Illovo is the latest food and beverage company to adopt a zero tolerance land grabs policy. Will it follow through in practice? The company sources from countries where land tenure is complex. It can’t go it alone or cut corners. It’ll need to enlist the support of others to help, and recognise it’s just beginning a journey.
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Communities unfairly forced off their land are plunged into poverty. They often face the threat of violence for speaking out as well as food shortages, inadequate housing and poor health. In the year that’s passed since the release of our land grabs report, Australian customers and investors have shown they care deeply that their bank respects land rights.
It was on Monday 23 March when the first Vanuatu ferry loaded its cargo of much-needed aid for some of the northern and most remote islands of Vanuatu. Oxfam had 400 hygiene kits on board ready to give to the worst affected communities on Ambrym Island.
In December, the world will come together to finalise a new global climate agreement. Well before negotiators land in Paris to hammer out the details, countries must announce their provisional targets for the post-2020 period, when the new agreement will take effect.
Twice a year, Oxfam takes a look at publically available information on the agricultural sourcing policies of the top ten food and beverage companies. We assess how well the top 10 companies are performing on our seven themes: transparency, women, workers, farmers, land, water, and climate. Want to see how your favorite brands did?
Just days after the President of Vanuatu almost broke down as he spoke of the devastation that Tropical Cyclone Pam had inflicted upon his nation, the mood is bittersweet at the closing of the Third World Conference on Disaster Risk Reduction (DRR) in Sendai, Japan.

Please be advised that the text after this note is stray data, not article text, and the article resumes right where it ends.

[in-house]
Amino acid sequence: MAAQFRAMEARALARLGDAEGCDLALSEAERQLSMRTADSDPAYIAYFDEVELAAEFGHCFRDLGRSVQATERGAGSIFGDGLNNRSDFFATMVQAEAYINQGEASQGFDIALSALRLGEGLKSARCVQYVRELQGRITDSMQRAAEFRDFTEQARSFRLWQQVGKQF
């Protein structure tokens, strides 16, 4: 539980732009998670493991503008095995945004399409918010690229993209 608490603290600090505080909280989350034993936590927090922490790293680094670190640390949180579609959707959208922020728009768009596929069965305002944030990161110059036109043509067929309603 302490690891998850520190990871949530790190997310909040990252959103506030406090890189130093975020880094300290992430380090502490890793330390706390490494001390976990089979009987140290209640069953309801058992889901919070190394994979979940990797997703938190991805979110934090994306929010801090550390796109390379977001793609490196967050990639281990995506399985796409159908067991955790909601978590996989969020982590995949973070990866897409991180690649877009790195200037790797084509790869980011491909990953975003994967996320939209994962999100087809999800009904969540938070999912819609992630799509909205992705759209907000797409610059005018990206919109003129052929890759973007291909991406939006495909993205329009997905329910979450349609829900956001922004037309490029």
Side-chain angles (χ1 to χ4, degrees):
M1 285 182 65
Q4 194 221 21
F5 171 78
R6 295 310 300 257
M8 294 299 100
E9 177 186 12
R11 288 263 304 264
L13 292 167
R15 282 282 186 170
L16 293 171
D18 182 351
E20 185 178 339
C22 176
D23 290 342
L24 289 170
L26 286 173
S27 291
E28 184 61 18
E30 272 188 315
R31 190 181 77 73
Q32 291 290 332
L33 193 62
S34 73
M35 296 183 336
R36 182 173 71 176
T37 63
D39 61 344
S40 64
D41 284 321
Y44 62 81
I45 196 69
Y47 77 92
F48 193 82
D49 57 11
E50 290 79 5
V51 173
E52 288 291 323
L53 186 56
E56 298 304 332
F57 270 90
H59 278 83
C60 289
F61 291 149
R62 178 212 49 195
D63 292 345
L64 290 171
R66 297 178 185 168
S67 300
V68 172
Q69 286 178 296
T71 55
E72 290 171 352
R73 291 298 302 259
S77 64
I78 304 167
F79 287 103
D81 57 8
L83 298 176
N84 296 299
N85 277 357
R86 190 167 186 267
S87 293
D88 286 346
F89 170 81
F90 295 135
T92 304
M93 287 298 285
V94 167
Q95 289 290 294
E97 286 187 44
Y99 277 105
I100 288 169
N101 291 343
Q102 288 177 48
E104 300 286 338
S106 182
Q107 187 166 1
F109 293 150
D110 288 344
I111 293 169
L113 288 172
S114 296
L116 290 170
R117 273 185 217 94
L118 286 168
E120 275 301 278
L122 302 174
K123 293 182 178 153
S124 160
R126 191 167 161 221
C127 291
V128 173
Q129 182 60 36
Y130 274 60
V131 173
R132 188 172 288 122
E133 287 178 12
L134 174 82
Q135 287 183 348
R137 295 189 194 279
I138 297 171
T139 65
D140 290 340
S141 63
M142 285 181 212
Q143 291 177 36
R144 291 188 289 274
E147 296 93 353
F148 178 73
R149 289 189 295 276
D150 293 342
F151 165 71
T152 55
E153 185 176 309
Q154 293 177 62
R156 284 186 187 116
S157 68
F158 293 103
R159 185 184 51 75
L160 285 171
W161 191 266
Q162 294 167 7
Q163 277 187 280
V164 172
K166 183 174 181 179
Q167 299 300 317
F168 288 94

What do you call a plan with no agreement on how to finance it? In the US government, the nasty epithet for such a thing is an “unfunded mandate.” In other spheres, there are simpler descriptions: incomplete, incoherent, and irresponsible.
Climate change affects us all, but it often impacts women the hardest. In many parts of the world it tends to be women who grow the family’s food, fetch fuel and water, and bring up the children. It’s women who are most likely to be in harm’s way when disaster strikes. So when clean water becomes harder to find during a drought, or when crops are destroyed by floods, it’s often up to women like Ipaishe to find solutions.
As natural disasters are increasing globally in both frequency and impact, Oxfam’s work in vulnerable countries like The Philippines has become even more critical. According to the World Bank, every dollar invested in preparing for natural disasters now can save seven dollars in recovery costs in the future.
Vulnerable communities in The Philippines are struggling to cope with increasingly unpredictable and extreme weather. But, thanks to your support, women like Lilia (pictured) can have an amazing impact.